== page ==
Sole Proprietor, LLC, PLLC, or PC? What is the difference?

Uncategorized Oct 25, 2019

By Alicia Kollmar MS, OTR/L

Next Level OT Visionary Mentor and pediatric OT

[email protected]

 

This article is intended to give you some basic information about possible ways to establish your business and what they mean to give you a starting point when you are considering starting a business. The entities discussed in this article are the ones people most commonly use when starting out, but there are other options that may be a better fit for you. I am an occupational therapist, not an attorney or accountant. Make sure you consult legal and accounting professionals in your state to advise you.

 There are so many things to think about when you are starting your business! One of the first things you should consider is what entity to use for your business: sole proprietor, LLC, PLLC or PC.

 First, what do these things mean?

 Sole proprietor: you work for yourself

LLC: Limited Liability Company (can be a solo practitioner or work in a partnership)

PLLC: Professional Limited Liability Company (typically for people who hold a professional license like therapists, dentists, veterinarians, this varies by state. You can be a solo practitioner or work in a partnership)

PC: Professional Service Corporation. Similar to a PLLC, but some states require this for some professionals instead of a PLLC.

 LLCs, PCs and PLLCs provide additional legal protection compared to a sole proprietorship by separating personal assets from your business assets in the case you were to get sued.

 While legally a sole proprietorship and an LLC/PLLC/PC are different, for tax purposes you may choose to set up your LLC so that it is the same as a sole proprietorship, or you may set it up as a corporation. Consult an accountant to decide what is best for you.

 How do you decide which entity is right for you?

 Some factors that may influence what you choose:

     Your state licensure requirements

  1.     Your state laws
  2.     Your personal tax situation
  3.     Whether you have a partner and if that partner is in the same profession
  4.     Your willingness to have your personal assets at risk

Your state may have made the decision for you, so the first thing you should do is go through your state’s licensure regulations. Read it carefully. Not only will you find out if there are expectations about setting up a business/corporation, you will find any other regulations they have about running your business. For instance, here in North Carolina we must have our OT license number on our marketing materials. There may be other regulations that are not necessarily intuitive and you may not have paid attention to them when you were originally licensed because they were not relevant at the time.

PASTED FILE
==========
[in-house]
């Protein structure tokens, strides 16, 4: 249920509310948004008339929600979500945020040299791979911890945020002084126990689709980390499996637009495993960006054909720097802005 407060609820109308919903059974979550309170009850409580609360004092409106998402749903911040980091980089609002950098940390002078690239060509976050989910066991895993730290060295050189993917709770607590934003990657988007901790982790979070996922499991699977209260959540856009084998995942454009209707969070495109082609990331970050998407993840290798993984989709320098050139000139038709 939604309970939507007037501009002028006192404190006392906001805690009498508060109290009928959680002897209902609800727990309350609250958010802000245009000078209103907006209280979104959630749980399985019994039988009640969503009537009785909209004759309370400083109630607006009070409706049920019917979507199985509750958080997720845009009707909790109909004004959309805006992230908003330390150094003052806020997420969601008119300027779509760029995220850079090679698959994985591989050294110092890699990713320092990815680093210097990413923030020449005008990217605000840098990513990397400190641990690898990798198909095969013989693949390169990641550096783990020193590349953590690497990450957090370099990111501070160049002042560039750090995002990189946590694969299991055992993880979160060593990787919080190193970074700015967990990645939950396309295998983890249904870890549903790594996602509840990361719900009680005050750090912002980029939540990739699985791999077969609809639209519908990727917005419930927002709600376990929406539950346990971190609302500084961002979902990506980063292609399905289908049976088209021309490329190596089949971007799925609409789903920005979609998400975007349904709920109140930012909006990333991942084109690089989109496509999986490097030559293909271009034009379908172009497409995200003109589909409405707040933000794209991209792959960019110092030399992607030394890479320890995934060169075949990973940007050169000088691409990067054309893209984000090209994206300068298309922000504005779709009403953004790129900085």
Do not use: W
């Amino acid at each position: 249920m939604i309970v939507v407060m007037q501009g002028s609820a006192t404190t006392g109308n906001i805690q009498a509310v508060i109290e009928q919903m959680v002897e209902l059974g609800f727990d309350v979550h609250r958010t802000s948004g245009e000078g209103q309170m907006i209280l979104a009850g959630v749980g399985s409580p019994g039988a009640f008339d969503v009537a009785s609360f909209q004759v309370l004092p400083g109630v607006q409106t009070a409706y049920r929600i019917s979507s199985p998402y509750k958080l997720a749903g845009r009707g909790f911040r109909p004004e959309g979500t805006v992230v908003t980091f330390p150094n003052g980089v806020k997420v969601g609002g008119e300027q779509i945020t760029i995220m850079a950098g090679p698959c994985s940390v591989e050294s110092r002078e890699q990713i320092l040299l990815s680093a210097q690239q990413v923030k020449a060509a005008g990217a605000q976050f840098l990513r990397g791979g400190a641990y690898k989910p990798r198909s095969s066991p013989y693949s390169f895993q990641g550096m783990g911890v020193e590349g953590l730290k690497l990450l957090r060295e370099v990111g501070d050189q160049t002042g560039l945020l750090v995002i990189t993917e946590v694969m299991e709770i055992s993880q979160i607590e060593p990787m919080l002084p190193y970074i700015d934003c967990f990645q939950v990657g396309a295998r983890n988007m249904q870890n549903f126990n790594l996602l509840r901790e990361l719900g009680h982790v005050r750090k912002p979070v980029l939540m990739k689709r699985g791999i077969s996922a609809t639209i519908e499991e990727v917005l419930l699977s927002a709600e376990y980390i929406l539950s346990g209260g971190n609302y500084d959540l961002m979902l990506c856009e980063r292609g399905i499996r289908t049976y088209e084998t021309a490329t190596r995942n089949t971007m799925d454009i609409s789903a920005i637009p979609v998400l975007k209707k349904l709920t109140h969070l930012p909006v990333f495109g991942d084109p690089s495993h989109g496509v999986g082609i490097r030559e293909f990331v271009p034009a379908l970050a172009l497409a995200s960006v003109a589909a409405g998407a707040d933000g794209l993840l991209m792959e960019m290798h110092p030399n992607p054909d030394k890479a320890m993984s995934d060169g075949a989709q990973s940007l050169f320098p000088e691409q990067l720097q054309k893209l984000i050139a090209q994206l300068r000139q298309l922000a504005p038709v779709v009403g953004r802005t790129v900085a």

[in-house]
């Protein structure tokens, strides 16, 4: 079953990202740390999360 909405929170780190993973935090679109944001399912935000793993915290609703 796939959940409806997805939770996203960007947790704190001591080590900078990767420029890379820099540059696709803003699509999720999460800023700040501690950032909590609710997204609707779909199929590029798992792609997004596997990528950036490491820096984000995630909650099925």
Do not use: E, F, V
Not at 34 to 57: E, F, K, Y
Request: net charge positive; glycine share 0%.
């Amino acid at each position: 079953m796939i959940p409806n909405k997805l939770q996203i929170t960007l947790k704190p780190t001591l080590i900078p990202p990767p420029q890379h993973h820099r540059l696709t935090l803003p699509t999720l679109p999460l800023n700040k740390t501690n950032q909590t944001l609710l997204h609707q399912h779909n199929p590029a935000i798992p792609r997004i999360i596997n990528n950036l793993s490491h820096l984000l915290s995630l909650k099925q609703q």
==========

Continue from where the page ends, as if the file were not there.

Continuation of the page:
Other things that may factor into your decision:

 

  1.     LLC and PLLC may have different costs. For instance, here in North Carolina we pay $25/year to maintain our PLLCs through the state OT board. LLCs are $200/year.
  2.     If you want to hire professionals who are not OTs.
  3.     If you are going to be offering services or goods that may not be directly related to providing services to clients.

 Do you have to have an LLC in place right away?

In most places you can work as a sole proprietor without having an LLC/PLLC/PC. I did not set up my PLLC until I was in practice for a while. With the PLLC I had to change my federal tax ID # (EIN) and had to switch to a new bank account associated with that new EIN. It would have been easier to have it setup from the beginning, but it wasn’t necessary.

 Can you set up your LLC yourself?

It depends on your comfort level and the time you have to research your options. Some states make this more complicated than it needs to be also. It took me a long time to find the PLLC paperwork on the NC Secretary of State website, but once I did it was straightforward to do it all myself. Some people prefer to use an attorney to avoid doing something incorrectly.

 I hope this has been helpful! If you have set up your business in a different state and have things to add that people will find helpful, send me an email and I’ll update the blog. 

 

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